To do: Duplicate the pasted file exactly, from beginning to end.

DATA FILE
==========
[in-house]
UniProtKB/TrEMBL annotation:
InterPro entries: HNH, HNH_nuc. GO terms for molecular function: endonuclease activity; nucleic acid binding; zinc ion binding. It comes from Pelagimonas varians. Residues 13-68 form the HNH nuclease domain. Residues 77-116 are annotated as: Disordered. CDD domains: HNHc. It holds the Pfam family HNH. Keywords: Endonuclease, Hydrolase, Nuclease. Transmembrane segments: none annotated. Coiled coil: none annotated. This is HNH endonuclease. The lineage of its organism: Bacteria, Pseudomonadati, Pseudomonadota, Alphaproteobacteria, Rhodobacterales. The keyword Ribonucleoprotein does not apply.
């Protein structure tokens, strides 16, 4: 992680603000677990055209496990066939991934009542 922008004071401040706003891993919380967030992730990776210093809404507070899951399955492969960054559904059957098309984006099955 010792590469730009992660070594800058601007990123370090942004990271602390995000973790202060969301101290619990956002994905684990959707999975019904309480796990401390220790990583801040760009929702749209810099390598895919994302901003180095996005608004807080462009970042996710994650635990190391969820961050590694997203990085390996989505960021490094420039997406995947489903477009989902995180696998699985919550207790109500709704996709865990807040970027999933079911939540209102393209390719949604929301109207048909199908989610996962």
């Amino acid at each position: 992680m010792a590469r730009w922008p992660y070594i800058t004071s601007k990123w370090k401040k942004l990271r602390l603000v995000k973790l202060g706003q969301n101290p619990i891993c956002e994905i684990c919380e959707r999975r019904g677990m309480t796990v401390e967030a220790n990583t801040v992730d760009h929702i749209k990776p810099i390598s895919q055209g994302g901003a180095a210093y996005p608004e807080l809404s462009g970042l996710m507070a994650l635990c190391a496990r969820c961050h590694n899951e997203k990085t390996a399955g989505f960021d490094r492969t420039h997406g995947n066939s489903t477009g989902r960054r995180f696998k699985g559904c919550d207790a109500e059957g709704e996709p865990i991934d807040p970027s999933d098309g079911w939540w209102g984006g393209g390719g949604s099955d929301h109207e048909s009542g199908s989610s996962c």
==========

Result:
[in-house]
UniProtKB/TrEMBL annotation:
InterPro entries: HNH, HNH_nuc. GO terms for molecular function: endonuclease activity; nucleic acid binding; zinc ion binding. It comes from Pelagimonas varians. Residues 13-68 form the HNH nuclease domain. Residues 77-116 are annotated as: Disordered. CDD domains: HNHc. It holds the Pfam family HNH. Keywords: Endonuclease, Hydrolase, Nuclease. Transmembrane segments: none annotated. Coiled coil: none annotated. This is HNH endonuclease. The lineage of its organism: Bacteria, Pseudomonadati, Pseudomonadota, Alphaproteobacteria, Rhodobacterales. The keyword Ribonucleoprotein does not apply.
């Protein structure tokens, strides 16, 4: 992680603000677990055209496990066939991934009542 922008004071401040706003891993919380967030992730990776210093809404507070899951399955492969960054559904059957098309984006099955 010792590469730009992660070594800058601007990123370090942004990271602390995000973790202060969301101290619990956002994905684990959707999975019904309480796990401390220790990583801040760009929702749209810099390598895919994302901003180095996005608004807080462009970042996710994650635990190391969820961050590694997203990085390996989505960021490094420039997406995947489903477009989902995180696998699985919550207790109500709704996709865990807040970027999933079911939540209102393209390719949604929301109207048909199908989610996962």
């Amino acid at each position: 992680m010792a590469r730009w922008p992660y070594i800058t004071s601007k990123w370090k401040k942004l990271r602390l603000v995000k973790l202060g706003q969301n101290p619990i891993c956002e994905i684990c919380e959707r999975r019904g677990m309480t796990v401390e967030a220790n990583t801040v992730d760009h929702i749209k990776p810099i390598s895919q055209g994302g901003a180095a210093y996005p608004e807080l809404s462009g970042l996710m507070a994650l635990c190391a496990r969820c961050h590694n899951e997203k990085t390996a399955g989505f960021d490094r492969t420039h997406g995947n066939s489903t477009g989902r960054r995180f696998k699985g559904c919550d207790a109500e059957g709704e996709p865990i991934d807040p970027s999933d098309g079911w939540w209102g984006g393209g390719g949604s099955d929301h109207e048909s009542g199908s989610s996962c």